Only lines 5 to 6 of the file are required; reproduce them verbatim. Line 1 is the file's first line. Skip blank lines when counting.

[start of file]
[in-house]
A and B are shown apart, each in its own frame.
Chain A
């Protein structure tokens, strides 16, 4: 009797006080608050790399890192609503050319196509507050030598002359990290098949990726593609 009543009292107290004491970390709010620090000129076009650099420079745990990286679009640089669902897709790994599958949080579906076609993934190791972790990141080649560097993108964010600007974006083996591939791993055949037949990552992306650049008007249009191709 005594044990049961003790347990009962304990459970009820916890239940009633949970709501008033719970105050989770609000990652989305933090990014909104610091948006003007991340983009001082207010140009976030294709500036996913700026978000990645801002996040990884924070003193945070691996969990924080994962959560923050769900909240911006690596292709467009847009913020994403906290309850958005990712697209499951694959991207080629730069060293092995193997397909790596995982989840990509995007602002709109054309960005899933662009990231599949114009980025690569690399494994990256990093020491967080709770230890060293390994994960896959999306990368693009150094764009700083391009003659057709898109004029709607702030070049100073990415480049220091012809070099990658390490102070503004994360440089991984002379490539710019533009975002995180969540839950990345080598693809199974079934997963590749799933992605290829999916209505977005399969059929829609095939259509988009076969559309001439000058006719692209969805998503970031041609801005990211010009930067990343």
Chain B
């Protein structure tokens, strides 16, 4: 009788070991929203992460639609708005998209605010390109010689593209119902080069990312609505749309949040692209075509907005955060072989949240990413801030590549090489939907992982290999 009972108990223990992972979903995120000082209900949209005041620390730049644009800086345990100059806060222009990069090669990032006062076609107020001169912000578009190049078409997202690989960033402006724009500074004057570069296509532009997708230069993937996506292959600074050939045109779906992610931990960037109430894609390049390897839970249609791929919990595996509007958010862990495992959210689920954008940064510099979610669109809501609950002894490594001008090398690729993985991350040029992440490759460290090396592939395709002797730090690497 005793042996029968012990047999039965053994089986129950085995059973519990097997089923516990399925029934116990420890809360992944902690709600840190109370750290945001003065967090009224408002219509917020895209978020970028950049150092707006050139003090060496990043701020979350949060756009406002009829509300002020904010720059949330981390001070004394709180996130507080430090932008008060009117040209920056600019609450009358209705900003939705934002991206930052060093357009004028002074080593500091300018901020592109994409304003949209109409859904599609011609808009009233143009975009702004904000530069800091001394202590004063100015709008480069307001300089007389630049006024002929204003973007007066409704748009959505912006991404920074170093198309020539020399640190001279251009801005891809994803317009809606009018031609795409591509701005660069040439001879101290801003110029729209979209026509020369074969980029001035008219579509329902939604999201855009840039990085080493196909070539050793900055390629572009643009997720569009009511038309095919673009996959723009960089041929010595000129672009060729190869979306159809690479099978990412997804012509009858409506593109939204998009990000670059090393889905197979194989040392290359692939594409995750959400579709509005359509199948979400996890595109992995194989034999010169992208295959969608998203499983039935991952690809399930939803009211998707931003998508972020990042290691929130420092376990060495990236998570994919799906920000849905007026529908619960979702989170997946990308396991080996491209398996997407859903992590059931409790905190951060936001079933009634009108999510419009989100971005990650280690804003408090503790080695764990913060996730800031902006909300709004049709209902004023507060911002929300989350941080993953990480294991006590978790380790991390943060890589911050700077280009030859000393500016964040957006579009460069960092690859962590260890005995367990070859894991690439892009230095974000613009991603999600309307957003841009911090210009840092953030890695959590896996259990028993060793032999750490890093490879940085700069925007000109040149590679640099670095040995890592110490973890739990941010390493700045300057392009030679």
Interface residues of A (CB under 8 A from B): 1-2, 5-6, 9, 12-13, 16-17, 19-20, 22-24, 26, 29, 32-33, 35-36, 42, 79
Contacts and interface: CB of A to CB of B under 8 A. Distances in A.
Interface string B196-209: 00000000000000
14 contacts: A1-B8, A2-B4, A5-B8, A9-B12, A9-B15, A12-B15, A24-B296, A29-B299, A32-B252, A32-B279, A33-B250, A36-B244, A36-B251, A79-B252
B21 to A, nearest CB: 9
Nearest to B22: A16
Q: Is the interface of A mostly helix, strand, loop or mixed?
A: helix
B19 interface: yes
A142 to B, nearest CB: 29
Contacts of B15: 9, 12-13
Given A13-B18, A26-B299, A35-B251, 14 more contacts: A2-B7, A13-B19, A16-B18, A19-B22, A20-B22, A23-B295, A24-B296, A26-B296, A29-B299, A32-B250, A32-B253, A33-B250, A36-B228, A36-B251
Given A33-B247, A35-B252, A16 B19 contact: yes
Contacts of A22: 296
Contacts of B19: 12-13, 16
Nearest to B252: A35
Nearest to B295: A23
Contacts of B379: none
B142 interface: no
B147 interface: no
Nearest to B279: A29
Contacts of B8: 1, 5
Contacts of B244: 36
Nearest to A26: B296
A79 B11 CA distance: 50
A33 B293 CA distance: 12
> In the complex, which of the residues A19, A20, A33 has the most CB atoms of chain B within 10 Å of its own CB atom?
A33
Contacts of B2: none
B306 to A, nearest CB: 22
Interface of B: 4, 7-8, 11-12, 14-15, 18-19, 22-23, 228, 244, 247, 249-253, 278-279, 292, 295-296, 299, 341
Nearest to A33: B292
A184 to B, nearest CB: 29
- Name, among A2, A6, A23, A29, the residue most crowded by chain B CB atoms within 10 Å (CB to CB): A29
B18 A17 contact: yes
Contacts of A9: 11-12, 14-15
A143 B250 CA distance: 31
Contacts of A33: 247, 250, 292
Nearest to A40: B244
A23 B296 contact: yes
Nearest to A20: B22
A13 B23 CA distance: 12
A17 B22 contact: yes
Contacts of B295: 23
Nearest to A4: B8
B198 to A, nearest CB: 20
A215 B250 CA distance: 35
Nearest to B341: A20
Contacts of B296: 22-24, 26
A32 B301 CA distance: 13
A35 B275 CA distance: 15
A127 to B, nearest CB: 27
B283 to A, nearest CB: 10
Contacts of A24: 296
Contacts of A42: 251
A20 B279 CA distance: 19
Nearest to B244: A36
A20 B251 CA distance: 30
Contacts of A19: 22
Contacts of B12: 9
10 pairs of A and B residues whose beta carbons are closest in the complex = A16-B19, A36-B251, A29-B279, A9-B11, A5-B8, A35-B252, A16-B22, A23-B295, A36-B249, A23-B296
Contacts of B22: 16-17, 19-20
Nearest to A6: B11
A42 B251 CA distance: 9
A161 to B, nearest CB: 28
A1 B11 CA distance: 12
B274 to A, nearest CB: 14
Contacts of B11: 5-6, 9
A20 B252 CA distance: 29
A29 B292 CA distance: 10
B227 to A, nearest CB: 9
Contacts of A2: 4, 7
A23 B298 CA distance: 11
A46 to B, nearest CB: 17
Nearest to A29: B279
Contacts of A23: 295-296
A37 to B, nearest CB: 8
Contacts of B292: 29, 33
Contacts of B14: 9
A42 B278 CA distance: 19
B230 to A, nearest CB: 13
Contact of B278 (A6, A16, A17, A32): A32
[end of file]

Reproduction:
Chain B
């Protein structure tokens, strides 16, 4: 009788070991929203992460639609708005998209605010390109010689593209119902080069990312609505749309949040692209075509907005955060072989949240990413801030590549090489939907992982290999 009972108990223990992972979903995120000082209900949209005041620390730049644009800086345990100059806060222009990069090669990032006062076609107020001169912000578009190049078409997202690989960033402006724009500074004057570069296509532009997708230069993937996506292959600074050939045109779906992610931990960037109430894609390049390897839970249609791929919990595996509007958010862990495992959210689920954008940064510099979610669109809501609950002894490594001008090398690729993985991350040029992440490759460290090396592939395709002797730090690497 005793042996029968012990047999039965053994089986129950085995059973519990097997089923516990399925029934116990420890809360992944902690709600840190109370750290945001003065967090009224408002219509917020895209978020970028950049150092707006050139003090060496990043701020979350949060756009406002009829509300002020904010720059949330981390001070004394709180996130507080430090932008008060009117040209920056600019609450009358209705900003939705934002991206930052060093357009004028002074080593500091300018901020592109994409304003949209109409859904599609011609808009009233143009975009702004904000530069800091001394202590004063100015709008480069307001300089007389630049006024002929204003973007007066409704748009959505912006991404920074170093198309020539020399640190001279251009801005891809994803317009809606009018031609795409591509701005660069040439001879101290801003110029729209979209026509020369074969980029001035008219579509329902939604999201855009840039990085080493196909070539050793900055390629572009643009997720569009009511038309095919673009996959723009960089041929010595000129672009060729190869979306159809690479099978990412997804012509009858409506593109939204998009990000670059090393889905197979194989040392290359692939594409995750959400579709509005359509199948979400996890595109992995194989034999010169992208295959969608998203499983039935991952690809399930939803009211998707931003998508972020990042290691929130420092376990060495990236998570994919799906920000849905007026529908619960979702989170997946990308396991080996491209398996997407859903992590059931409790905190951060936001079933009634009108999510419009989100971005990650280690804003408090503790080695764990913060996730800031902006909300709004049709209902004023507060911002929300989350941080993953990480294991006590978790380790991390943060890589911050700077280009030859000393500016964040957006579009460069960092690859962590260890005995367990070859894991690439892009230095974000613009991603999600309307957003841009911090210009840092953030890695959590896996259990028993060793032999750490890093490879940085700069925007000109040149590679640099670095040995890592110490973890739990941010390493700045300057392009030679």